Poland is doing well - since 1989 - when, after 44 years of Soviet occupation, finally was given a chance to rebuild, has started truly rebuilding after the horrific war. Poland had to wait 44 years to be given an opportunity to restore the infrastructure that was destroyed by Germans and Soviets during, and after the War. Poland did not have the luxury of Germany that was rebuilt fast, right after the War, with the help of Marshall Plan. Germany not only became a leading economic power in Europe, but also redid its image by stressing that Nazi Germany and postwar German were two different countries - they were different countries, yet with the same people who were actively hiding their war past, and blended seamlessly into the society. The world bought the story about new Germany and new Germans. Poland, the victim of Nazi Germany, that did not collaborate with Nazi Germany, does not have the same luxury now. The World in the collective interpreted memory sees Poland and Poles as the guilty nation. Where is a balance, I am asking?
There are many in Poland who are ready to discuss history with all the facts, with all the wounds that have to be again reopen, that most probably will never heal. Yet, the thriller like the "Aftermath", followed by black and white accusatory reviews, with loose interpretation, built-in preconceived hatred aimed at the contemporary Poland, is not helpful in the dialogue - will not help to sort out the historical truth.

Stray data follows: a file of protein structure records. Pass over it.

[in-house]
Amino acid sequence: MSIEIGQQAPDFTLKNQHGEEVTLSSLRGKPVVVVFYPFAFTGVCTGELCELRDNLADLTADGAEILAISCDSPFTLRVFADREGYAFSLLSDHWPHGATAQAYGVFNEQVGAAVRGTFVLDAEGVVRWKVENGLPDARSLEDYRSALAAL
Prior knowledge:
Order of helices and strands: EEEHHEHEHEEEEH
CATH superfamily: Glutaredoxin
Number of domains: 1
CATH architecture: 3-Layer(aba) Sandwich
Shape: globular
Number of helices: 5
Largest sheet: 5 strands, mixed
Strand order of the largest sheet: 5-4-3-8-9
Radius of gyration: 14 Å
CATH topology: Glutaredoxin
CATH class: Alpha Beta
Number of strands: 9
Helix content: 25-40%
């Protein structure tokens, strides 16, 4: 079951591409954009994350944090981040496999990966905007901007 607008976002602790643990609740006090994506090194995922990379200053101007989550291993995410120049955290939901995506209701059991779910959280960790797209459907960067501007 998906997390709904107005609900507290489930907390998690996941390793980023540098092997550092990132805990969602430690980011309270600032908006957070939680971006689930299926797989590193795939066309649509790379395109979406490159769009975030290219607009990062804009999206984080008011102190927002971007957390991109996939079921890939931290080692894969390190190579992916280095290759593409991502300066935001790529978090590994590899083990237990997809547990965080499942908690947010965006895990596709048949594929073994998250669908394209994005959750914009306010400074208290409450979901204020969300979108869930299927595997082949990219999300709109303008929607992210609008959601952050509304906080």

Poland is a fine country now, economically prospering. Poland is ready to face history without lies and distortions, without historical alterations that were imposed by the communist regime for many years. Collective memories of Polish citizens about Soviet and German occupation, were preserved in (some) families, and after 70 years, what is left are personal histories that are retained in younger generations. Poland's past deserves to be studied and discussed using historical facts only, without preconceived hateful generalizations; Polish history must studied by honest historians who are not driven by emotions. Poland, Poles, citizens of contemporary Poland, whatever is their ethnic background, have right to find their own way, to allow everybody individually to grieve the horrors that took place in the Bloodlands.
Calling Poles right-wing nationalists and anti-Semites is not a right way to start and to maintain a dialogue. Polish-Jewish relations are important to all Poles, and are being rebuilt in many ways. Why all interested, focus instead on continuing to rebuild such relationships, on preserving what is left, focus on honoring individual memories - without generalizations, memories of all families that survived in the Bloodlands.